Whelan was detained by Russia intelligence service, the FSB, in his hotel room in central Moscow in late December and charged with espionage. His lawyer saying he was given a classified flash drive.

VLADIMIR ZHEREBENKOV, LAWYER FOR PAUL WHELAN (through translator): Paul received information and I confirm the information is classified as state secretive information on a flash drive. In reality, Paul was expecting to receive from an individual information of a cultural nature, him attending one of the cathedrals, Paul's vacation photos.

PLEITGEN: Paul Whelan's lawyers says he was misled into taking the classified information, but the attorney defending the investigation.

REPORTER: Do you think it's going to be a fair trial?

ZHEREBENKOV: The process was very constructive and professional. Whelan's rights were observed.

PLEITGEN: But the attorney also admitted that so far the defense has only been able see about 5 percent of the evidence available in this case.

ZHEREBENKOV: The investigators failed to prove Paul's position, specifically, he did not view this information as state secrets.

PLEITGEN: Some are speculating Russia pay have taken Paul Whelan as a possible bargaining chip, perhaps to exchange him for a high Russia profile in American detention, like Maria Butina, who has admitted to working as a foreign agent inside the U.S. Russia vehemently denies the allegations, but Paul Whelan's family continues to call for his release.

While we still lack any details from the Russian government about why Paul is thought to be a spy and who provided him with the alleged state secret the family statement reads, we are certain he was entrapped and is not guilty of espionage.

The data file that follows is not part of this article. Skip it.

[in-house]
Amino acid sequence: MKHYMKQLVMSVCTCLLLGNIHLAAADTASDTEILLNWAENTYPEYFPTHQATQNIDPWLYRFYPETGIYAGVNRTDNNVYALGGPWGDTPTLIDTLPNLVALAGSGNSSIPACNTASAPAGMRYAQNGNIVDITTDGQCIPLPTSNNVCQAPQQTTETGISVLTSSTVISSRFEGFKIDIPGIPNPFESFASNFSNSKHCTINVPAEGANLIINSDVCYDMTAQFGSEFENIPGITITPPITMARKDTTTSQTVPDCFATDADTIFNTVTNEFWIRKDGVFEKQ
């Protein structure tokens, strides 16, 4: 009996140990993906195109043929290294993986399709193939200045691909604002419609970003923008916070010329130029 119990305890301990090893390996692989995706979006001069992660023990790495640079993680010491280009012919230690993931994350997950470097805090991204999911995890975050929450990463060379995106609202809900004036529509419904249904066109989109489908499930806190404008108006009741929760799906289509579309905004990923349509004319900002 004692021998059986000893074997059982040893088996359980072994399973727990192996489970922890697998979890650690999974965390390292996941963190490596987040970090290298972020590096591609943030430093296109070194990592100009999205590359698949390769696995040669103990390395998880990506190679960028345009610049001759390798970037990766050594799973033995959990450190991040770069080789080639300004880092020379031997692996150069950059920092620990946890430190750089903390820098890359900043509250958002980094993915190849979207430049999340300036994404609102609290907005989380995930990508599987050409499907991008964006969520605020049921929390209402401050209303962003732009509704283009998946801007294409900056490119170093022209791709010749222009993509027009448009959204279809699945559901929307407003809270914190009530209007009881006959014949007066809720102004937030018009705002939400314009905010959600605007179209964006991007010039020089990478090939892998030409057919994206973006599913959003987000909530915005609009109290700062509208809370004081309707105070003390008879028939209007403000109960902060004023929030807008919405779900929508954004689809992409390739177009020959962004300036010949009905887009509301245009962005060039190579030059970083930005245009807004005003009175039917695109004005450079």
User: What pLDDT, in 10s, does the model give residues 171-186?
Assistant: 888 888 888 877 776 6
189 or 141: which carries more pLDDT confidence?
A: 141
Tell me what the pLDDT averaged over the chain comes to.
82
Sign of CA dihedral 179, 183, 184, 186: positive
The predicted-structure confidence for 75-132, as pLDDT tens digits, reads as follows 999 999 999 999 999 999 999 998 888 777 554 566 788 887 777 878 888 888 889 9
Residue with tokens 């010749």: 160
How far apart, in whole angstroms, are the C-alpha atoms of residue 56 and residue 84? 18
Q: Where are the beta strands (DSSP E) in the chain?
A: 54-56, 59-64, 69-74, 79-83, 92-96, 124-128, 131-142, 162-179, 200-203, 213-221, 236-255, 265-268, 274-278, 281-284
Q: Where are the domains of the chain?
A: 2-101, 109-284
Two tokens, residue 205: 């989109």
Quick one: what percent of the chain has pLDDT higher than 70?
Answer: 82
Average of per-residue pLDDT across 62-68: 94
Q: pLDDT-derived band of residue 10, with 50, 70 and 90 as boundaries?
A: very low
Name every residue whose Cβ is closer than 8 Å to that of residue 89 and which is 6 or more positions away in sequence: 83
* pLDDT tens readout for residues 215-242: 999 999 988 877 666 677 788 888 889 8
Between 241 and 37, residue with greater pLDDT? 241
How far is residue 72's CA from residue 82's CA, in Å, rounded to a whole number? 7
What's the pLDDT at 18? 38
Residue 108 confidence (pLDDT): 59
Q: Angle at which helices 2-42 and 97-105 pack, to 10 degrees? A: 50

After being denied bail, Paul Whelan's hardship in a Russian jail continues. His attorney saying it could be months before his trial even begins.


PLEITGEN: The State Department coming out tonight as well, Wolf, calling on Russia to provide for a swift, fair and transparent judicial process, Wolf.

BLITZER: Fred Pleitgen in Moscow for us, thank you.

Just ahead, a new sign of how severely the government shutdown is impacting the TSA. It's a CNN exclusive.

(COMMERCIAL BREAK) [18:58:01] BLITZER: Now, a CNN exclusive, a disturbing sign the TSA is being stretched thin as the government shutdown continues.

CNN's Rene Marsh is working the story for us.

Rene, the agency is, what, now, pleading for help?

RENE MARSH, CNN AVIATION CORRESPONDENT: They absolutely are. CNN obtained this e-mail obtained by a TSA executive Monday morning. In this e-mail, TSA is making a plea for 250 volunteer officers who were deployed to airports struggling with the excessive callouts due to the shutdown. Now, the e-mail says the volunteers are needed for deployment over the next week. And the e-mail was sent to TSA officials in more than ten states with more than 100 airports.

And this is a clear indication that the agency is bracing for staffing shortfalls to get worse as federal employees prepared to miss a second paycheck, and that will happen on Friday. Now, the volunteers would presumably come from airports that haven't faced the strain from callouts in order to help airports that have. As you know, CNN has already reported many back-up TSA officers have been deployed to Hartsfield Jackson Airport in Atlanta, Newark, as well as New York's JFK.

But this is just the latest example of increasing anxiety within the agency about the rising number of callouts the number of TSA officers calling out from work has grown in recent days. Over the weekend, we saw that it was more than three times what it was a year ago. And so far this week, more than double the percentage of what it was a year ago.

So, clearly, staffing is still top of mind for this agency as this shutdown continues.

BLITZER: Where are they going to get the money to pay for these employees, these TSA employees, to travel from airport to airport? They have to stay overnight. It's not cheap.

MARSH: Exactly. It certainly is going to cost them thousands of dollars to deploy this force to help with staffing. TSA says that they have money that's appropriated specifically for situations as far like life and death. And they consider this one of those security situations.

BLITZER: They've got to end the shutdown, they've got to go quickly, because there is a lot at stake.

Rene, good reporting. Thank you very, very much.

To our viewers, thanks very much for watching.

"ERIN BURNETT OUTFRONT" starts right now.